Blaming our past for our problems seems like an immature way to deal with life. We are told to move on, let go, and focus on the future.
I agree with that, but with one important step beforehand. We first need to blame. Then we can see about moving on.
People who have suffered traumas are often told they are unnecessarily fixated on the past. Even they themselves feel guilty and weak for how consumed they are by it. They often believe that their pain and fear should have evaporated by now, and they blame themselves for remaining stuck. Most of these victims have tried hard to move on, but the past keeps haunting their minds.
When trauma hits people, it is often so shattering that they cannot assimilate what has happened to them. It is just unthinkable. This is especially true for children, who are too young to understand or fully process catastrophes. If no one is around to help them come to grips with the horror of it all, the experience remains locked inside, like an ironclad trunk, only to unexpectedly reemerge later in symptoms of post-traumatic stress syndrome.
When abuse or disaster comes at the hands of someone close to us, it is especially hard to get over. This is because not only is the experience itself injurious, but also our innocent trust has been broken. Blaming is a crucial step in extricating ourselves from the profound confusion that reverberates in such betrayal.
Pete Walker’s book, The Tao of Fully Feeling, explains this need for blame. I recommend it to anyone who is trying to recover from childhood abuse. He explains that blaming is necessary in order to recover one’s soul from past mistreatment by others. He points out that forgiveness is meaningless if we have not allowed ourselves to fully realize what happened to us. The practice of forgiveness is nice in theory, but it’s an impossible ideal to impose on anyone who struggles with the after-effects of physical, sexual, mental, or emotional abuse. Walker encourages healthy blaming as an essential step in getting free from how the abuser has undermined our lives and life choices.
Blame also supports anger, a healthy and appropriate emotion that infuses strength and self-respect while replacing fear and shame. We should be angry with people who hurt us. Why the rush to forgiveness? What’s the hurry? Are we trying to use forgiveness as an attempt to repress our painful memories? If so, that never works. Pain is pain, and it holds onto our reality with deep-set hooks. We need to feel the pain, know what happened to us, and lay the blame at the correct person’s feet.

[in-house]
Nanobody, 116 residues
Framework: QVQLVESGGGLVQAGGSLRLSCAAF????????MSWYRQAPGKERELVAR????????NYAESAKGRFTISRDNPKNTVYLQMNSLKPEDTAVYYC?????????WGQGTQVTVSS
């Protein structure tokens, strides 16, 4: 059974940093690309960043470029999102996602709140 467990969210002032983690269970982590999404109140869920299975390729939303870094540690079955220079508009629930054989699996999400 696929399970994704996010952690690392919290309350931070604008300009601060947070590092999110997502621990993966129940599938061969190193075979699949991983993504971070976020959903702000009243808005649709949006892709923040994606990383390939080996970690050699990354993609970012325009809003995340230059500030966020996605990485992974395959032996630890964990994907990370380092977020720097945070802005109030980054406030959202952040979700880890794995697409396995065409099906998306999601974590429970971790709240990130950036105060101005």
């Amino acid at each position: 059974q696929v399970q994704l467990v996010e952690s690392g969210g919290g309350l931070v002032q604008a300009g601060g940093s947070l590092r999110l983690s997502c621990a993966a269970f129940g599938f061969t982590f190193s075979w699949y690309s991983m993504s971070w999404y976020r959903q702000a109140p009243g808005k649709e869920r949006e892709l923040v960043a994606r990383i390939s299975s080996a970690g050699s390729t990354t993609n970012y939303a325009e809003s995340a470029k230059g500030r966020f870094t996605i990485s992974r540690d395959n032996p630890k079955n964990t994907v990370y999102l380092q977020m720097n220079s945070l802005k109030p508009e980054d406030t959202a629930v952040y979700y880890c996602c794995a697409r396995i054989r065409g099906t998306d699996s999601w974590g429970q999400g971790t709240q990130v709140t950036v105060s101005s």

If you are still skeptical that blaming can be a good thing, consider the fact that all children automatically blame themselves for whatever bad things happen to them. They can’t think objectively yet and are so helpless and dependent that they have no safe place from which to evaluate or blame their abusers. Any abuse immediately entangles children in a strong relationship with their abuser because abuse of any kind is an intimate boundary violation. It gets under our skin whether we want it to or not.
Blaming is how we disentangle ourselves from people who have hurt us because blame is the first step in getting the story straight. Sometimes taking responsibility is the wrong thing to do. It is bad for our self-esteem, and it sickens the soul.
But won’t we get stuck in unproductive blaming and use that as an excuse to run away from the necessity of creating our own future? No, because unprocessed trauma and vague, unwarranted guilt are the true culprits that hold us back. When you blame the right person for exactly the right reasons with full emotional awareness, it is unbelievably liberating.
Once you get the story straight about what happened to you and who was responsible, something better than forgiveness occurs. You find yourself living your life for longer and longer periods of time without the intrusive memories of trauma. You will never forget it, but it will have less and less to do with your current life.
You will move on, and it will move on with you, now like a trunk holding neatly folded, fully examined memories that can sit up in the attic unobtrusively until you are occasionally reminded of it or just want to go take another look. This is so much better than pretending the trauma trunk of memories doesn’t exist, only to have it spring open like a jack-in-the-box at the worst possible times.
Blame packs and repacks the memories in a more accurate way, allowing us to throw out distorted conclusions and worn-out guilt each time we go through what’s in there. You may or may not forgive or understand. That part is not really your choice. It is an organic process that evolves naturally and unpredictably. But please choose to blame when blame is due. We have to get the past straight before we can see clear to the future.
Lindsay Gibson, Psy.D., is a clinical psychologist. For information, call 757-490-7811.